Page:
The New Age Vigilante

Wow. Check out Stolen Sidekick. The story so far… Girl takes a cab ride and leaves her Sidekick behind by accident. Someone steals the Sidekick and starts taking pictures and logging into AOL. Girl gets new Sidekck, and when the SIM card is installed, all the pictures and AOL passwords from the other Sidekick get downloaded to the new Sidekick. Girl’s friend decides to make a public fool out of the thief by posting the pictures and all email correspondence with the thief. The “Internet Vigilante” effect kicks in and people start posting tips about who the people pictured are, where they live, etc.

I can’t wait to see how this soap opera ends…

Compaq DL360 Multiprocessor Problems

As I blogged before, I’ve been having some fun with some Compaq Proliant DL360 servers we recently acquired. After fixing the Fedora Core 5 install issue on the first server, my second server installed correctly, but upon booting up, it only recognized a single processor. No matter what I tried, it wouldn’t see the second processor. I even tried taking the drives from the working machine and putting them in this one. The problem stayed with the hardware.

After attempting BIOS upgrades, BIOS downgrades, system partition re-creates, etc, I finally broke down and did a systematic line-by-line comparison of BIOS settings to see if there was anything going on. There’s a BIOS setting labelled “Operating System”. On the working machine, this was set to “Windows 2000” (I never bothered changing the setting from when I acquired the machine). On the broken machine, it was set to “Other”. I have no idea what deep underlying changes this setting makes, but for Fedora Core 5 on a Compaq DL360, it needs to be set to “Windows 2000”. Crazy.

Bell Doing the Right Thing

As a followup to my recent posting about Bell violating the GPL, I received a followup call from Mark at Bell. He said that the issue had been sent up to their legal department, and the decision has been made to publish the GPL’d code on the Bell website. mark told me that it would be the same code as published on the Dish site, and that it should appear within a week. As soon as I spot it on the site, I’ll post a link.

I am a bit suspicious that they’re going to post the same code as posted on the Dish site, because I believe that since the original Dish posting, there has been additional work performed on GPL’d areas, such as the SATA drivers. Once released, I’ll do a diff to see if it’s indeed the same code base. The best way to tell if Dish and Bell are being above board is to extract an image from the 9200 and compare strings with the released source code to see if there are any obvious differences.

True Alternate Worlds

I came across a very interesting read today. Laukosargas Svarog has used the framework provided by Linden labs’ Second Life and built what appears to be a true ecosystem. She has weather, birth and death of plants, animal polination. It’s a testament both to the flexibility that Linden has built in to their system, as well as the creative imaginations of a single individual. I wonder what would happen if her virtual plants were allowed to ‘escape’ her garden and colonize the entire world…?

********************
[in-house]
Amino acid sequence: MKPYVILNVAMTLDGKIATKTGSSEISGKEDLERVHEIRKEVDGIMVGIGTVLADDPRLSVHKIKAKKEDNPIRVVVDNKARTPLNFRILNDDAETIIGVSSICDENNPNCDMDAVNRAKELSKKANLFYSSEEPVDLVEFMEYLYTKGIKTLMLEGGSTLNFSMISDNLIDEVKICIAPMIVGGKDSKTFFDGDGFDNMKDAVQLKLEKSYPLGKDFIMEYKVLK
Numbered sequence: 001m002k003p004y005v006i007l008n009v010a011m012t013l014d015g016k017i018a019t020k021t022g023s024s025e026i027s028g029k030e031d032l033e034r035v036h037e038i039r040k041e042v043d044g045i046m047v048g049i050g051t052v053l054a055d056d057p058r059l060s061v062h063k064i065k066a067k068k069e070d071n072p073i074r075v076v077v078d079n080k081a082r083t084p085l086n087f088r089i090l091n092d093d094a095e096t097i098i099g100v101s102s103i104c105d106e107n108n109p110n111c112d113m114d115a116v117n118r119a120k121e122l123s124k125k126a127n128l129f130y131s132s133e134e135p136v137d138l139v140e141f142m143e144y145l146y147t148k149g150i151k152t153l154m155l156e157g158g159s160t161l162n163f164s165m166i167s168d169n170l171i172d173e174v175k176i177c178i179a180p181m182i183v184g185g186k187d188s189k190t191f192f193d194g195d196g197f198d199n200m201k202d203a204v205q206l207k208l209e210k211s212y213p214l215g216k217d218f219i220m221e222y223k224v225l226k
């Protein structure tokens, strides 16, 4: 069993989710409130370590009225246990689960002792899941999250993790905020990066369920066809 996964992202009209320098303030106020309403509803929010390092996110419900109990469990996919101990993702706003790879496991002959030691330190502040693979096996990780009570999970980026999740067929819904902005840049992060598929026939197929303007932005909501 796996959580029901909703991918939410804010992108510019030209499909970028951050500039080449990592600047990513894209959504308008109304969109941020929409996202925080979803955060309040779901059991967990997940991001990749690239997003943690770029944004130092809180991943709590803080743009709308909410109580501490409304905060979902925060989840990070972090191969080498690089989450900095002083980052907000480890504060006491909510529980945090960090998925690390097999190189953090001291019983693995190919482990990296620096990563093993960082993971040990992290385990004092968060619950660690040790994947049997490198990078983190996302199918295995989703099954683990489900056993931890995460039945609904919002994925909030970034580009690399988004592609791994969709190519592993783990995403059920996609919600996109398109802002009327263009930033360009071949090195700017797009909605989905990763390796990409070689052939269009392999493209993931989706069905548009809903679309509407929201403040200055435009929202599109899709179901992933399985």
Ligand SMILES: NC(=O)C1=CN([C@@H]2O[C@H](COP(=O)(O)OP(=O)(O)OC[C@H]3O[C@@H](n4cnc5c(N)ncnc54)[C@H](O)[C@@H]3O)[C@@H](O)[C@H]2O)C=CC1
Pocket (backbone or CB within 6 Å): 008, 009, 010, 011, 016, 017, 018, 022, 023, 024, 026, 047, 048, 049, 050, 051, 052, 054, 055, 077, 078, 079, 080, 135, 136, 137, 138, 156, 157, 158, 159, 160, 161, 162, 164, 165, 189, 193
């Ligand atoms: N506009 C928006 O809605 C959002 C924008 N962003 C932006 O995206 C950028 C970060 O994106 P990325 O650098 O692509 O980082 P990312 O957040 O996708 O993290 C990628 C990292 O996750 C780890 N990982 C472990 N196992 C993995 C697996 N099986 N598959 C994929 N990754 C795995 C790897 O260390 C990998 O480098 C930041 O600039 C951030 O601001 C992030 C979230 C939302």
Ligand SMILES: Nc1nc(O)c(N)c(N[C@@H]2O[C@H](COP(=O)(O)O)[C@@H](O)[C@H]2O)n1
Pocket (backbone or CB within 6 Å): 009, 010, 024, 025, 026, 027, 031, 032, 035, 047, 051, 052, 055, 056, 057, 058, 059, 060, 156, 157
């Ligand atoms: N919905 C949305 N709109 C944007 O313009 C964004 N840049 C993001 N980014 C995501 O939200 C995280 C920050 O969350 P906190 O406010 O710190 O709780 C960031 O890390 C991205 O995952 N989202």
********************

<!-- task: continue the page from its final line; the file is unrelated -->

Fedora Core 5 on Compaq Proliant DL360

I recently spent a whole bunch of time banging my head against a wall trying to get Fedora Core 5 installed on some Compaq Proliant DL360 machines I have. Core 4 installs fine, but Core 5 has a problem with the hardware RAID on these machines. The installer fails to identify the driver (cpqarray) successfully, and if selected manually, it finds it but fails to find any hard drives attached.

After quite a bit of searching, I found a posting at the Fedora Forum describing the fix. The trick is to boot the installer with:

linux noprobe noapic noapci

Once the installer fails to find the hard drive, select ‘cpqarray’ and ‘sym53c8xx’ drivers. After that, the install will complete successfully. All credit to this fix goes to ‘Mesu’ from Fedora Forums.

Bell Violating the GPL?

I had heard a rumor that the Bell 9200 PVR used a Linux kernel. I haven’t been able to confirm that rumor. However, I have found confirmation that the Dish 942 is Linux based. I believe that the 942 and 9200 are basically the same hardware.

Dish has done the right thing and released portions of their source code because they’re using software that is licensed under the GPL. Their disclosure, although difficult to find, is here:

I’m going to give Bell a call and see if they will release the source code to me as mandated in the GPL. I’ll let you know how it goes!

Update 2006/05/25

I called Bell after posting this entry, and was passed on to Sharaz (LXY 6009835), a second level technician who seemed to understand the concept of the GPL. He was unable to locate any reference to it on the Bell site or in their Intranet. He assured me that he would look into it and call me back.

Two days later, I haven’t heard from Sharaz, so I called back. This time I got Mark (LJZ – he refused to provide his employee number. I’m not sure of Bell’s policy, but this is the first time that I have been refused this information from a Bell employee). Mark seemed to take an interest in my question. He sounded like a bit of a Linux nut himself. Hi appeared to be using an Instant Message client to talk to the development staff, but the response he got back was “What’s a GPL?”. Based on that answer, he decided that an email to the corporate side of things might be in order. He’s assured me that he will get back to me by Monday with a status report.